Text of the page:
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Inverse World - A Dungeon World Supplement $15.00
Average Rating:4.4 / 5
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Inverse World - A Dungeon World Supplement
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Inverse World - A Dungeon World Supplement
Publisher: Liberi Gothica Games
by Nicholas A. [Verified Purchaser]
Date Added: 08/09/2014 11:34:06

Short Version: Inverse Worlds is a good book and worth the money for any fan of Dungeon World. Its player facing content is a major step up from the core classes as the focus on higher fantasy gives the classes moves with more "oomph." It has a great deal of GM facing content to make adjusting to its setting a breeze and helps greatly for those who keeps to DW's model of "No preparation." Perhaps its best decision is removing the cruft DW had by trying to be D&D.

Long Version: Inverse Worlds is a good book and worth the money for any fan of Dungeon World.

Its player facing content is a major step up from DW's classes as the focus on higher fantasy gives the classes moves with more "oomph." Here are some examples of what some of the new playbooks are like.

The Mechanic is of particular note. Making a class all about being a bloke in a mecha and having it be both fun, balanced, and effective (I was playing one in a one shot, recently) is a nice surprise. It has a lot of versatility in its design, but never becomes overly complicated or too versatile. You can build the type of mecha suit you want, with little fuss, have it be effective, and not be unbalanced. Also, the Megas XLR reference was sweet!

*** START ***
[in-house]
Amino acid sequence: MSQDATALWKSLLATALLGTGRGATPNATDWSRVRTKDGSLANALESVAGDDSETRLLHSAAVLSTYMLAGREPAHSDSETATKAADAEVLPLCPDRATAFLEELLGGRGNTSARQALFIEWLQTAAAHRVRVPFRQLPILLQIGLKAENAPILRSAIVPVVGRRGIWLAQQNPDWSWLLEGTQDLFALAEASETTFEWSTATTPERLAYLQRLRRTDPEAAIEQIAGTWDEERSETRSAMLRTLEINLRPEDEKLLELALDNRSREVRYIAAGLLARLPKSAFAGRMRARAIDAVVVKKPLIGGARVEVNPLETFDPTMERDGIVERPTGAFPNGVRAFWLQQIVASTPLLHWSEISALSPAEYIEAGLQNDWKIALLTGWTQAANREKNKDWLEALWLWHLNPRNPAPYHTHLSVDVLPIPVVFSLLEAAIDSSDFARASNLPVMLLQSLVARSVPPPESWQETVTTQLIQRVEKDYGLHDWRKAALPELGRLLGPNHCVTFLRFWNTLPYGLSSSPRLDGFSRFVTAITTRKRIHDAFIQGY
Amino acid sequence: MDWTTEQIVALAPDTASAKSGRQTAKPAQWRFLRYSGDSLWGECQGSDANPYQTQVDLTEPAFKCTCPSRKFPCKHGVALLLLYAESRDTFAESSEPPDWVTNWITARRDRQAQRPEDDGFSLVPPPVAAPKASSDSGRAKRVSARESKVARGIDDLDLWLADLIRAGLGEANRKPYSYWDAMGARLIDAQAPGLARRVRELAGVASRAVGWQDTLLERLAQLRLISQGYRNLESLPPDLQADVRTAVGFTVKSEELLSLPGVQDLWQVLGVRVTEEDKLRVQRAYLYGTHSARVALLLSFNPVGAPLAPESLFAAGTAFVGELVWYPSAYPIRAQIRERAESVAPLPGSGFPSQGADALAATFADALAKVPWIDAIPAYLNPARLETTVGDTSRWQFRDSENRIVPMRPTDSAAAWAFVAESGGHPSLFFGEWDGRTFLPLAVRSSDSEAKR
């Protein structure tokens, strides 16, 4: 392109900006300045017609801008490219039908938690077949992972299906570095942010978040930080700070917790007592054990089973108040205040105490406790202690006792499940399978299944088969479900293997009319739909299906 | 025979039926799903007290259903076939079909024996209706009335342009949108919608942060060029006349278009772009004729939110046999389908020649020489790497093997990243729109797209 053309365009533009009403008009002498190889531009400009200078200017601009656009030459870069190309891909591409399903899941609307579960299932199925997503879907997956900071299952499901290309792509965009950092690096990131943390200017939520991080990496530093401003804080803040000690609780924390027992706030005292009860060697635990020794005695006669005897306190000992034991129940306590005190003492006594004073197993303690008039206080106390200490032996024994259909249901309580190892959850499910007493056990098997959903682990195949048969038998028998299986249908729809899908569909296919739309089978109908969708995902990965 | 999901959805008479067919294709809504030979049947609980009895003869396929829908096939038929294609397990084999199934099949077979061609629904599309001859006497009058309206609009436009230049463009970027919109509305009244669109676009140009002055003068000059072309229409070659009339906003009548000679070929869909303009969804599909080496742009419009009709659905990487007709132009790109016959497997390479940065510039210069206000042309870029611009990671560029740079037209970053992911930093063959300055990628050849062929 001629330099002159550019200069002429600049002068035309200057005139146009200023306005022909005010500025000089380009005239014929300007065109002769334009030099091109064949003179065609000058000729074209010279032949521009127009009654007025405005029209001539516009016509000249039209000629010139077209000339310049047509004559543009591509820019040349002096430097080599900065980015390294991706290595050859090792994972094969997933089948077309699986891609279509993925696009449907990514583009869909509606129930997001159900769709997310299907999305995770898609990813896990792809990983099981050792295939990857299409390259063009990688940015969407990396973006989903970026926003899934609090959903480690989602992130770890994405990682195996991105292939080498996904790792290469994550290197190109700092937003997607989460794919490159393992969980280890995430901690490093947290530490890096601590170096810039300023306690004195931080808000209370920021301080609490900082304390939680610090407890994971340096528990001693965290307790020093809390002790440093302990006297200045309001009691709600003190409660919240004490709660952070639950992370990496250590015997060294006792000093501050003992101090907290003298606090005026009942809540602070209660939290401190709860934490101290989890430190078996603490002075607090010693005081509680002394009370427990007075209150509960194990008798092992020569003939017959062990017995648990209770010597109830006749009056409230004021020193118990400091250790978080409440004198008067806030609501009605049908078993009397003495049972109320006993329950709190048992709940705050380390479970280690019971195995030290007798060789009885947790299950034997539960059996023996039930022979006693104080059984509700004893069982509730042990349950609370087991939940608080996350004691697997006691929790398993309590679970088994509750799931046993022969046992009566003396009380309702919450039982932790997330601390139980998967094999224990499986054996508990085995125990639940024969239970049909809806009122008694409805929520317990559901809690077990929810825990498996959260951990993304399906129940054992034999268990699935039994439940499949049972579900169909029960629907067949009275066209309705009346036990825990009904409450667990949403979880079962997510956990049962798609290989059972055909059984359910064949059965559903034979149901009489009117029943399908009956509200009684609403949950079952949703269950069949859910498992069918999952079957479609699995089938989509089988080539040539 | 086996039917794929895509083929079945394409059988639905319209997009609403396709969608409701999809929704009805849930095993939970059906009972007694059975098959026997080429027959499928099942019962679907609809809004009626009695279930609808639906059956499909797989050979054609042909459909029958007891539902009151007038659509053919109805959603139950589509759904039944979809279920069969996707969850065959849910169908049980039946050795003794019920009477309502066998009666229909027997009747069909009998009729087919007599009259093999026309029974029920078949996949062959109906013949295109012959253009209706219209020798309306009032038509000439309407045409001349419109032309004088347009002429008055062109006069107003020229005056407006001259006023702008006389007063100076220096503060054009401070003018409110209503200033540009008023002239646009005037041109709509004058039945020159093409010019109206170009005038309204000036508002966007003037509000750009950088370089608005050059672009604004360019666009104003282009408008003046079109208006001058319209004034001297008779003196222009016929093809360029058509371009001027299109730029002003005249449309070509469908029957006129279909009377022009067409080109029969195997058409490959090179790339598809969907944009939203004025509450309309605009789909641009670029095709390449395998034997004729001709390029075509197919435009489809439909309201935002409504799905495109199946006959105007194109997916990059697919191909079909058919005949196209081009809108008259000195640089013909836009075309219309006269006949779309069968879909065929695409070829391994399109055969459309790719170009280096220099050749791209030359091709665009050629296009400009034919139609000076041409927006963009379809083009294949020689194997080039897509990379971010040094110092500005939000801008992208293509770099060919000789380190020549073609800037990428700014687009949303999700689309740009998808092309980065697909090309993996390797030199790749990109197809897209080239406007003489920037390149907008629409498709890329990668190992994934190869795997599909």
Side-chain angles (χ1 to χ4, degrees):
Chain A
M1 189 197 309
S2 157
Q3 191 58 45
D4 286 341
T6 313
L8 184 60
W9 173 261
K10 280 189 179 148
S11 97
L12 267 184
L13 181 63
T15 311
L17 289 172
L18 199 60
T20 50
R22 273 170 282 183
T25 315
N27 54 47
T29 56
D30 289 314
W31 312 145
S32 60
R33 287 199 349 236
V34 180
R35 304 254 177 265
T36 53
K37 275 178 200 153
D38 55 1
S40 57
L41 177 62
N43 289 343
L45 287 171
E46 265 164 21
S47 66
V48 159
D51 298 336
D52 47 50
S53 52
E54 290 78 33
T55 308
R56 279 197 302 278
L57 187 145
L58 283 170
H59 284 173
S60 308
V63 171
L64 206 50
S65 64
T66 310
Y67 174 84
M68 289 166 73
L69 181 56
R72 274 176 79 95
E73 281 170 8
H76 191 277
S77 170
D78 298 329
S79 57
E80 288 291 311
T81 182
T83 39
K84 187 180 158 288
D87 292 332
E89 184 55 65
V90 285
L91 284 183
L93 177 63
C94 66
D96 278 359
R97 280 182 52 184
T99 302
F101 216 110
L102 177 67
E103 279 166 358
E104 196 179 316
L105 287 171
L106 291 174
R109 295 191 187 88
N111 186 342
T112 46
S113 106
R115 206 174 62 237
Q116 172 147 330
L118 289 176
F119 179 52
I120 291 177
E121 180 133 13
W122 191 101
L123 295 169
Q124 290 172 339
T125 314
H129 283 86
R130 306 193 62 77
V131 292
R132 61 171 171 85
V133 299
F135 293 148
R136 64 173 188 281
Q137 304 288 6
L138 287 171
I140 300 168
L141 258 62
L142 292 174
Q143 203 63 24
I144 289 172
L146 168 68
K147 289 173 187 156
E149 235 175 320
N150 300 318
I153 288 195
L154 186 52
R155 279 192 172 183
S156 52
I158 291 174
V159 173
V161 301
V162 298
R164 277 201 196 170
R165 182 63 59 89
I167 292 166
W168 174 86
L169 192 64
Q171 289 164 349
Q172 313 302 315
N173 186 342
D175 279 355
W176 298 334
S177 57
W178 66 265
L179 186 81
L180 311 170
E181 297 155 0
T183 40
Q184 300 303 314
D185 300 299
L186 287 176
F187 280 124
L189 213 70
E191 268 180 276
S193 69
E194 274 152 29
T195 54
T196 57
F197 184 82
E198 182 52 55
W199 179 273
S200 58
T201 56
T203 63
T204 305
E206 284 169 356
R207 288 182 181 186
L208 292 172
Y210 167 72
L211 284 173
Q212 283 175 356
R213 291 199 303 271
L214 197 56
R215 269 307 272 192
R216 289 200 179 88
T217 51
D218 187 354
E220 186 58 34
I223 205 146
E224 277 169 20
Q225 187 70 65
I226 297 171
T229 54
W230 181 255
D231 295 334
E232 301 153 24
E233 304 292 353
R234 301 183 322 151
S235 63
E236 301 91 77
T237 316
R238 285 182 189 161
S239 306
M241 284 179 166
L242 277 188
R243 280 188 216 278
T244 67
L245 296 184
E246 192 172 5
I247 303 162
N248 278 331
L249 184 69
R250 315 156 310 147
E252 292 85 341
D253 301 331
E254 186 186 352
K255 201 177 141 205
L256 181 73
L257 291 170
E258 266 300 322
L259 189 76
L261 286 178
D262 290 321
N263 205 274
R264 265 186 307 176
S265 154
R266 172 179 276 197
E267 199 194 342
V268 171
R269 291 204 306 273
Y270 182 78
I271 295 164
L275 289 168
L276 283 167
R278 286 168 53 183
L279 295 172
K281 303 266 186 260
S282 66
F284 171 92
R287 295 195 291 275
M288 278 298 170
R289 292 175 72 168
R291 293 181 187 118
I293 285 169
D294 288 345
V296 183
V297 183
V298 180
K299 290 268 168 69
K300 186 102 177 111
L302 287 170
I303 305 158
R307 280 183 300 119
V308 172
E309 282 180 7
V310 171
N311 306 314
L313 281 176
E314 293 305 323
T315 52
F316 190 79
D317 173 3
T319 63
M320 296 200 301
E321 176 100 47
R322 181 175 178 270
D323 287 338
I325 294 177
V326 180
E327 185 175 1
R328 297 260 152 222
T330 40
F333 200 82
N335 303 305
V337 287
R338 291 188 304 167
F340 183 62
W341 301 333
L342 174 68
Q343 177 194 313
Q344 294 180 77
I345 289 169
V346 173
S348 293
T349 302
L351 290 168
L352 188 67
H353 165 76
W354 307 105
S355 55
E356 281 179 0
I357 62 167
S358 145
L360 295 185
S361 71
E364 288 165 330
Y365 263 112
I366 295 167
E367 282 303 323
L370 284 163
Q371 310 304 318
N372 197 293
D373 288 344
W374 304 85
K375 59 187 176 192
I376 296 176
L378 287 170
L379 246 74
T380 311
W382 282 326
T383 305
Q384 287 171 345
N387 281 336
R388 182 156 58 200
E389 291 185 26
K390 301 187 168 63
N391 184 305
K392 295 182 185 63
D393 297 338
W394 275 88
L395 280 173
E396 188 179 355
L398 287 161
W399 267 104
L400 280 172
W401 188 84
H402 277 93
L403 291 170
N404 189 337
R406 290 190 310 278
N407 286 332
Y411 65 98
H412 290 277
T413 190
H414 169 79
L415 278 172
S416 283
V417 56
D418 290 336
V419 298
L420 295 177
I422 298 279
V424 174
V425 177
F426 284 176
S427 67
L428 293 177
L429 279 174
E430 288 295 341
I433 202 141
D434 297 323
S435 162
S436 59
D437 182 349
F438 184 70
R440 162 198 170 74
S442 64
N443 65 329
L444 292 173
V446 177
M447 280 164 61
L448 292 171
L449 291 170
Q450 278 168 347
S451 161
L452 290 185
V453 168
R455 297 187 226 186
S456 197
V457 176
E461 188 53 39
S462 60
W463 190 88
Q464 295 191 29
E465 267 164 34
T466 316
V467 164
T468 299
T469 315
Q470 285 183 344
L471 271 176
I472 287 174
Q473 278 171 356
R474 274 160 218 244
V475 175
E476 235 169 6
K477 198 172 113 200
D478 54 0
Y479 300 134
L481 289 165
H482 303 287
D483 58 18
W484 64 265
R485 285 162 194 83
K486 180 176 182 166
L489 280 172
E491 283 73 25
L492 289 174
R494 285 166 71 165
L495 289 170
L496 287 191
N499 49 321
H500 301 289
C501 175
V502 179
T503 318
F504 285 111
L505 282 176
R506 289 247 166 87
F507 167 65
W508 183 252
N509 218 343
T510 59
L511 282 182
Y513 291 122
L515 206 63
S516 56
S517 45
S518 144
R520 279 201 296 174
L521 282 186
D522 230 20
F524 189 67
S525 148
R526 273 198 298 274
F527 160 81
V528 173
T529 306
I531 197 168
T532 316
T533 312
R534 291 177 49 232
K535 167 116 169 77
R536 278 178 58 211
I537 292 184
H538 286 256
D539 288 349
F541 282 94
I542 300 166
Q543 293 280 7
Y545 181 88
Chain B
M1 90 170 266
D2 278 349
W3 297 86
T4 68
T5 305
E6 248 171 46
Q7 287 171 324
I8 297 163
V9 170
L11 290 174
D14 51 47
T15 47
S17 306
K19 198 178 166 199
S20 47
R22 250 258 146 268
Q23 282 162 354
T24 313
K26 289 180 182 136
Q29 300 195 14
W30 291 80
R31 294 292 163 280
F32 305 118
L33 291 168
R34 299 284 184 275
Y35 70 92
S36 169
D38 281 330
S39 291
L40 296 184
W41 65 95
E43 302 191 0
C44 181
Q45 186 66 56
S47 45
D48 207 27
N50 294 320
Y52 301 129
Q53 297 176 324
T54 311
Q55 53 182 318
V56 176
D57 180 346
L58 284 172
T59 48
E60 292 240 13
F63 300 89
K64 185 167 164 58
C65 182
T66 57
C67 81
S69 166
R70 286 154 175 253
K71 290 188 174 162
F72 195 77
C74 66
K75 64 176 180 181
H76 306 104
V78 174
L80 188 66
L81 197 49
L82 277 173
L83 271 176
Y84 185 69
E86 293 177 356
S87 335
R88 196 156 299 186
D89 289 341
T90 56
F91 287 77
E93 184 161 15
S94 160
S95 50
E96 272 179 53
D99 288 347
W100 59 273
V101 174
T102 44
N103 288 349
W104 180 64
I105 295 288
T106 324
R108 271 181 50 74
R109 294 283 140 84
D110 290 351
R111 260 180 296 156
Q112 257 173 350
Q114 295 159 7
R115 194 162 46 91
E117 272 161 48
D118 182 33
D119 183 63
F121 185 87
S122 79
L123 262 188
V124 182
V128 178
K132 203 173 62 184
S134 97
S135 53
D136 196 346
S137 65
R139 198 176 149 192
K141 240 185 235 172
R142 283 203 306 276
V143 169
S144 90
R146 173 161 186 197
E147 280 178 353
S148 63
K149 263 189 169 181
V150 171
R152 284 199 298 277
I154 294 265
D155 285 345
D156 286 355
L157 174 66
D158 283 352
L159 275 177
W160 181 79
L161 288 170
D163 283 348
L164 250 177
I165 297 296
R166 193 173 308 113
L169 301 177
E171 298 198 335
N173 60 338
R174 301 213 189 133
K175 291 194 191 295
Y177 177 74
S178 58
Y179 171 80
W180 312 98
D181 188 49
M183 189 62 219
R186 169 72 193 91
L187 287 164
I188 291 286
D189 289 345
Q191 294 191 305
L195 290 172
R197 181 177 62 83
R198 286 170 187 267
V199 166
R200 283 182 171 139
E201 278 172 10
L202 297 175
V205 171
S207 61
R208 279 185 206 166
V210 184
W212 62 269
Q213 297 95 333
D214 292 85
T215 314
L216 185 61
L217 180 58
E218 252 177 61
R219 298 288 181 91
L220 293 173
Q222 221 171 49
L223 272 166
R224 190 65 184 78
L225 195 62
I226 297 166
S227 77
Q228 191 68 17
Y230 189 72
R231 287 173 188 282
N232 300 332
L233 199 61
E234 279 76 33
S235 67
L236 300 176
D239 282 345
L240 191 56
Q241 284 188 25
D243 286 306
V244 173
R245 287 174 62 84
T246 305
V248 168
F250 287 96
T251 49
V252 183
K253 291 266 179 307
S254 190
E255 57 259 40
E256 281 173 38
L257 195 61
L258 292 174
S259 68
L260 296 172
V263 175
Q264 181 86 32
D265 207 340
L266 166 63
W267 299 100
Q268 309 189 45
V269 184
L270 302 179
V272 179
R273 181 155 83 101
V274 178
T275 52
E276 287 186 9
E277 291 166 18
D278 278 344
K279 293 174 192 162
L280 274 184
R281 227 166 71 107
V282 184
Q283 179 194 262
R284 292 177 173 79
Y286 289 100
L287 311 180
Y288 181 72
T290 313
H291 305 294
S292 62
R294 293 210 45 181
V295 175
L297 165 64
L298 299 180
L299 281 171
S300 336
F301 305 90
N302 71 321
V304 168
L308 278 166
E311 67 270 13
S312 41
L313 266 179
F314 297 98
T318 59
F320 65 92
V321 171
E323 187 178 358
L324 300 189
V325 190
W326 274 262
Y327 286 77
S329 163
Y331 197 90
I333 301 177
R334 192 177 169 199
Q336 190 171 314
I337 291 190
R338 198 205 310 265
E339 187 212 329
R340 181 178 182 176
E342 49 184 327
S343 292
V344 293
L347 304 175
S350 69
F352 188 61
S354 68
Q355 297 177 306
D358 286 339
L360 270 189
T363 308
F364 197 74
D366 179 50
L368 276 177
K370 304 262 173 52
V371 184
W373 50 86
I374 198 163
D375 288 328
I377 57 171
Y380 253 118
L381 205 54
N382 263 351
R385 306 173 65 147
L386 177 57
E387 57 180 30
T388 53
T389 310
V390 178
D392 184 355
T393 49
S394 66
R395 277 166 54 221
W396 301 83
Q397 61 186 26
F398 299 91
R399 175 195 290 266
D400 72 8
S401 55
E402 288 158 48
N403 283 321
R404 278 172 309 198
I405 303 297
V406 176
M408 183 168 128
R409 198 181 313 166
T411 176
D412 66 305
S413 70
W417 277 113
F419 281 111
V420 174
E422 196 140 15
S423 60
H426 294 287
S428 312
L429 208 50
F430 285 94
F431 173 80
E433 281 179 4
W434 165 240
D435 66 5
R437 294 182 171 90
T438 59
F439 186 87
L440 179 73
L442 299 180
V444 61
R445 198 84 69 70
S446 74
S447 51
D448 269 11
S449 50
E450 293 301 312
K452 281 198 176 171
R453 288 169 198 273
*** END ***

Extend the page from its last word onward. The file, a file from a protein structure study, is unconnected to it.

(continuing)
The Captain, for example, is an airship pilot that gets a free airship and means to get it back if its lost (I've seen another review comment on the means negatively, but the point of the abstraction, in my mind, is to avoid the class losing a key resource because you are low on gold: you could, for example, view the abstraction as pulling in favors, some stashed away savings, etc.). Despite what one might think, having an airship is surprisingly undistributive when you have it and non-crippling when you don't. Outside of its airship, the pilot is great at trading and navigation. In the case of the later, it can make travel safer which is a nice considering how much adventures do that.

The Collector can best be described as a "the bottomless bag." The classes main shtick is that it can pull items out of its bag to help in a situation. Thanks to DW's (Really AW's) system, this is kept in check by a series of well thought out limits that keep the move useful, but not overpowered. I can't help, but feel the Collector is Inverse World's answer to the the thief and, if so, it's a fun and, possibly, innovative take on the idea.

I'm not going to go through every class in the book like this, the above was just to give you an idea for what the playbooks are like. The book also includes The Golem, The Walker, The Latern, The Survivor, and The Sky Dancer. There wasn't a class I disliked in this book. It was a good selection.

The Compendium classes (think Prestige Classes without all the requirements, just do a thematically appropriate thing within the game itself to unlock) are fun, but I would have liked to see more of them. While I get Compendium Classes are tied very tightly to a setting so people tend to want them less, I still think they are a cool concept and really help tie characters to the world.

As a fan of balanced classes, the playbooks are a nice change of pace as some 3rd party playbooks that try their hands at higher fantasy tend to be poorly balanced narrative-ly (In DW, disparity more comes from how classes affect the narrative than their actual numbers since it is a low numbers game). Inverse Worlds successfully avoids this issue of balance.